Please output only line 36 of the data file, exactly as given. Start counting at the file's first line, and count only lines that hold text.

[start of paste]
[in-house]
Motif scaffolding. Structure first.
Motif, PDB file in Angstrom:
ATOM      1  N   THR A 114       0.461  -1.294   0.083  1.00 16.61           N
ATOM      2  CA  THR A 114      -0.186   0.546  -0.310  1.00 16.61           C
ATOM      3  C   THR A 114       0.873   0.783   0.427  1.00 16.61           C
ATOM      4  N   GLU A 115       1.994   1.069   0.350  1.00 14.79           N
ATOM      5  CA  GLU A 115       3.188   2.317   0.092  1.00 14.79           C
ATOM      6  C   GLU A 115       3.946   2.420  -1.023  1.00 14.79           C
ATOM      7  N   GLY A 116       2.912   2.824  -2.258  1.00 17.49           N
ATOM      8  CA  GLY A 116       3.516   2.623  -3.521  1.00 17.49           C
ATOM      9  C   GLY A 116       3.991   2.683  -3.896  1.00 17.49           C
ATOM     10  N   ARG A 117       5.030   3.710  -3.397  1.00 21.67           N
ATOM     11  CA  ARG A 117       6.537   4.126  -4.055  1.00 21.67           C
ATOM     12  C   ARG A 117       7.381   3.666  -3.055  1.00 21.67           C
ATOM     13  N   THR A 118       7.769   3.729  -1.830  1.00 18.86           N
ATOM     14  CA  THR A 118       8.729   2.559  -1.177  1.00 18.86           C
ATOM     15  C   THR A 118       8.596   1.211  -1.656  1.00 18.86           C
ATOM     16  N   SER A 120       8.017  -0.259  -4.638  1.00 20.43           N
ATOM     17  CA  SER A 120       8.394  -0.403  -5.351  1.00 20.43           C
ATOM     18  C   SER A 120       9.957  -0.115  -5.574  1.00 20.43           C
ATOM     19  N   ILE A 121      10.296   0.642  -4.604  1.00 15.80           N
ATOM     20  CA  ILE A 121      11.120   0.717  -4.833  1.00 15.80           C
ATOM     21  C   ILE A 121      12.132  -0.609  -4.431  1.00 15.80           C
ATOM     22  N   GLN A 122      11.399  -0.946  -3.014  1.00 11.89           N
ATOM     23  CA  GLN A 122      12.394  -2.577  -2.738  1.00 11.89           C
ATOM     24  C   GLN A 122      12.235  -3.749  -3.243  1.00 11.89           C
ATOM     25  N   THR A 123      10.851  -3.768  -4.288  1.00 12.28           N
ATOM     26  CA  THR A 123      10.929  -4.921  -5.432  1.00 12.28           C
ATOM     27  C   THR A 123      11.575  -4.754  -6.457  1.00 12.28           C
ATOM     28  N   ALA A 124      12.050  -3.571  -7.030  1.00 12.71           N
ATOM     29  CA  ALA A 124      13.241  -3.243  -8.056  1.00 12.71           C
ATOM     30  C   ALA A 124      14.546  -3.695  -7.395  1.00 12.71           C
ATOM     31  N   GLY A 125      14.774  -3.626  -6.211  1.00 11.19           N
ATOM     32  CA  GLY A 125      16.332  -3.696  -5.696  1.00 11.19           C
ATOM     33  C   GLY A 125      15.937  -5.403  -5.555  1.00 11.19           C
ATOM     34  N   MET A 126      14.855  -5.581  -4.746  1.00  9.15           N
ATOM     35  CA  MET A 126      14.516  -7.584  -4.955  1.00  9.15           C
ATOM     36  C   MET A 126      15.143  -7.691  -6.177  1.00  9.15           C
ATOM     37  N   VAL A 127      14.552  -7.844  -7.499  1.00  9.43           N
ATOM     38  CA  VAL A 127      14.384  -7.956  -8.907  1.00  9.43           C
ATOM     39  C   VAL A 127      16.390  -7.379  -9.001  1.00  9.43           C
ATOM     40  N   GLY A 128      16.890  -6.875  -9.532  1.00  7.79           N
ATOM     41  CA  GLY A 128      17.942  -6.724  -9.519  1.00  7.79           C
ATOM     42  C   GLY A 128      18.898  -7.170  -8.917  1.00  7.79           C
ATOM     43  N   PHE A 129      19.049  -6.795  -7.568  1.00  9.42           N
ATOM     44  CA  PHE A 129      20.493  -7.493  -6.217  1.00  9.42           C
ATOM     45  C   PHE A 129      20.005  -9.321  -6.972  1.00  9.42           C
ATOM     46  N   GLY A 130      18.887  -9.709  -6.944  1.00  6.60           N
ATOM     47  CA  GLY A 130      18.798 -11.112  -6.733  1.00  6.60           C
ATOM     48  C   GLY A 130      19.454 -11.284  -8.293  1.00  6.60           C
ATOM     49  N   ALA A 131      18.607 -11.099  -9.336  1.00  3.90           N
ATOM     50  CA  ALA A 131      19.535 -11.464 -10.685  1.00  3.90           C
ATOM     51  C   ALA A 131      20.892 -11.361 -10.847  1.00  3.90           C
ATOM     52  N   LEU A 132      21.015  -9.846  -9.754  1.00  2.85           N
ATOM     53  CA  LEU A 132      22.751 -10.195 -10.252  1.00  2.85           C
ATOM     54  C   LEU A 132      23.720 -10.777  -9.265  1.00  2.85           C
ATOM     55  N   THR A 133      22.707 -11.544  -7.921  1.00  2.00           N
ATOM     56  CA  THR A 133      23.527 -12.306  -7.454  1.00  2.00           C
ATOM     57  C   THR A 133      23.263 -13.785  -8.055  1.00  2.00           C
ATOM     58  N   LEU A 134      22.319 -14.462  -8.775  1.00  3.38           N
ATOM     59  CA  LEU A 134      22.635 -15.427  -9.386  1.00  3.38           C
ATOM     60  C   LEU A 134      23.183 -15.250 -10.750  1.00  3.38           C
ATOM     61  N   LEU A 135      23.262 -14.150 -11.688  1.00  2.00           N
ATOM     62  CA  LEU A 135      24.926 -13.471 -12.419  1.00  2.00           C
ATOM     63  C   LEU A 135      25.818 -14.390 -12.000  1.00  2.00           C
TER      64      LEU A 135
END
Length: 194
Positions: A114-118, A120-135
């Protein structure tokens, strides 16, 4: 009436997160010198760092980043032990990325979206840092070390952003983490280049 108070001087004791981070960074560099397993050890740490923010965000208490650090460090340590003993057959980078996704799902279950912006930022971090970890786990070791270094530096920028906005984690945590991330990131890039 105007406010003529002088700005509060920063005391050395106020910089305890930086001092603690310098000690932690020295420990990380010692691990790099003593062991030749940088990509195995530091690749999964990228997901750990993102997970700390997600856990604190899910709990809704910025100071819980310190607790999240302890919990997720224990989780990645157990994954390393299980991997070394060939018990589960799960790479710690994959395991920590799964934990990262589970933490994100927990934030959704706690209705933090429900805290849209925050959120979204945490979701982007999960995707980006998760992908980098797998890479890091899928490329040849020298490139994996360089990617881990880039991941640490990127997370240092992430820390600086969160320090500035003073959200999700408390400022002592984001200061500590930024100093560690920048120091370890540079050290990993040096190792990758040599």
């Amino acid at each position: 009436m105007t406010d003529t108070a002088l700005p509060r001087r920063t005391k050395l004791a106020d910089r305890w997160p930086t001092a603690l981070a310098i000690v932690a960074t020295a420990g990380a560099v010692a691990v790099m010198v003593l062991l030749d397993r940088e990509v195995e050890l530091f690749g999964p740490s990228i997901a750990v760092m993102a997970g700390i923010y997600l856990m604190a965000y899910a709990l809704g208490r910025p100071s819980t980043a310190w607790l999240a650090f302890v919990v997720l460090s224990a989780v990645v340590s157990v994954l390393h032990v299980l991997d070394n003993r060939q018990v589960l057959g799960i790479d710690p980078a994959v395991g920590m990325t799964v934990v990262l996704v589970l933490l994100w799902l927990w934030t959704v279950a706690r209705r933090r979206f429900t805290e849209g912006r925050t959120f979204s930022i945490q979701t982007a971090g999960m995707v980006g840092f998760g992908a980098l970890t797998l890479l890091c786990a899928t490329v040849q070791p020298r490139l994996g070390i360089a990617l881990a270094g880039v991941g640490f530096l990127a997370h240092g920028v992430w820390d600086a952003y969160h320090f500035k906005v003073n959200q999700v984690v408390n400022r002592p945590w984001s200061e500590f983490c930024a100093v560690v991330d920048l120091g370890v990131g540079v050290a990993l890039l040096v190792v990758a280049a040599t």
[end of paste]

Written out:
ATOM     33  C   GLY A 125      15.937  -5.403  -5.555  1.00 11.19           C